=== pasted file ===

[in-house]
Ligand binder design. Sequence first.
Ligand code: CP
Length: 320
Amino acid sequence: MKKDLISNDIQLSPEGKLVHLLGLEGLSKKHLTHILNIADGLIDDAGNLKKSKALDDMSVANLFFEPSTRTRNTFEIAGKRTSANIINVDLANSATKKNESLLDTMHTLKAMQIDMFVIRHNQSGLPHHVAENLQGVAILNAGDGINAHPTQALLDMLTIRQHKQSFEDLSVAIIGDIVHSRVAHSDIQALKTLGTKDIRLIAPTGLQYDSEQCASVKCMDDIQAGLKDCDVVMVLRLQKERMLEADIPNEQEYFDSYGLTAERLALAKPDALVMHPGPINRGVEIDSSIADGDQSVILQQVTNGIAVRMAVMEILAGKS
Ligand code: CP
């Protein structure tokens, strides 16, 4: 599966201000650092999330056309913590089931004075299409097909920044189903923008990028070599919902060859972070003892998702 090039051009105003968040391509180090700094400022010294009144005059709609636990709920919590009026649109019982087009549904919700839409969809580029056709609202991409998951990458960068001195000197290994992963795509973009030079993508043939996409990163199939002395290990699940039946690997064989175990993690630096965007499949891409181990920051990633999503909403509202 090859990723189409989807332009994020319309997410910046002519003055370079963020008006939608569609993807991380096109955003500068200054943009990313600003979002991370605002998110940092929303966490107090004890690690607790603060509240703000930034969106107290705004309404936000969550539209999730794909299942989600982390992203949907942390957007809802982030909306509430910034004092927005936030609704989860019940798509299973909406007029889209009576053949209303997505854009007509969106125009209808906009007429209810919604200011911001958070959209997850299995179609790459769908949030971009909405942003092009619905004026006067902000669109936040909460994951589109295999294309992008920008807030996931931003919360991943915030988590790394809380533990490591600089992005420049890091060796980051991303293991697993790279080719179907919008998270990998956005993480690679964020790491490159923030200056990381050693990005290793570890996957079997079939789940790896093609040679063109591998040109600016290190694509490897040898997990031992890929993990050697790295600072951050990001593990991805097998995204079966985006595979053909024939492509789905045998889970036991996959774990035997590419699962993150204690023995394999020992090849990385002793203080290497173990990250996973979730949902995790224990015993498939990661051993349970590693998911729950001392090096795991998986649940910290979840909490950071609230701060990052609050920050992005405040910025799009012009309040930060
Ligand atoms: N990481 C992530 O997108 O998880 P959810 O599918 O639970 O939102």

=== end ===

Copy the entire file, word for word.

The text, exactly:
[in-house]
Ligand binder design. Sequence first.
Ligand code: CP
Length: 320
Amino acid sequence: MKKDLISNDIQLSPEGKLVHLLGLEGLSKKHLTHILNIADGLIDDAGNLKKSKALDDMSVANLFFEPSTRTRNTFEIAGKRTSANIINVDLANSATKKNESLLDTMHTLKAMQIDMFVIRHNQSGLPHHVAENLQGVAILNAGDGINAHPTQALLDMLTIRQHKQSFEDLSVAIIGDIVHSRVAHSDIQALKTLGTKDIRLIAPTGLQYDSEQCASVKCMDDIQAGLKDCDVVMVLRLQKERMLEADIPNEQEYFDSYGLTAERLALAKPDALVMHPGPINRGVEIDSSIADGDQSVILQQVTNGIAVRMAVMEILAGKS
Ligand code: CP
């Protein structure tokens, strides 16, 4: 599966201000650092999330056309913590089931004075299409097909920044189903923008990028070599919902060859972070003892998702 090039051009105003968040391509180090700094400022010294009144005059709609636990709920919590009026649109019982087009549904919700839409969809580029056709609202991409998951990458960068001195000197290994992963795509973009030079993508043939996409990163199939002395290990699940039946690997064989175990993690630096965007499949891409181990920051990633999503909403509202 090859990723189409989807332009994020319309997410910046002519003055370079963020008006939608569609993807991380096109955003500068200054943009990313600003979002991370605002998110940092929303966490107090004890690690607790603060509240703000930034969106107290705004309404936000969550539209999730794909299942989600982390992203949907942390957007809802982030909306509430910034004092927005936030609704989860019940798509299973909406007029889209009576053949209303997505854009007509969106125009209808906009007429209810919604200011911001958070959209997850299995179609790459769908949030971009909405942003092009619905004026006067902000669109936040909460994951589109295999294309992008920008807030996931931003919360991943915030988590790394809380533990490591600089992005420049890091060796980051991303293991697993790279080719179907919008998270990998956005993480690679964020790491490159923030200056990381050693990005290793570890996957079997079939789940790896093609040679063109591998040109600016290190694509490897040898997990031992890929993990050697790295600072951050990001593990991805097998995204079966985006595979053909024939492509789905045998889970036991996959774990035997590419699962993150204690023995394999020992090849990385002793203080290497173990990250996973979730949902995790224990015993498939990661051993349970590693998911729950001392090096795991998986649940910290979840909490950071609230701060990052609050920050992005405040910025799009012009309040930060
Ligand atoms: N990481 C992530 O997108 O998880 P959810 O599918 O639970 O939102």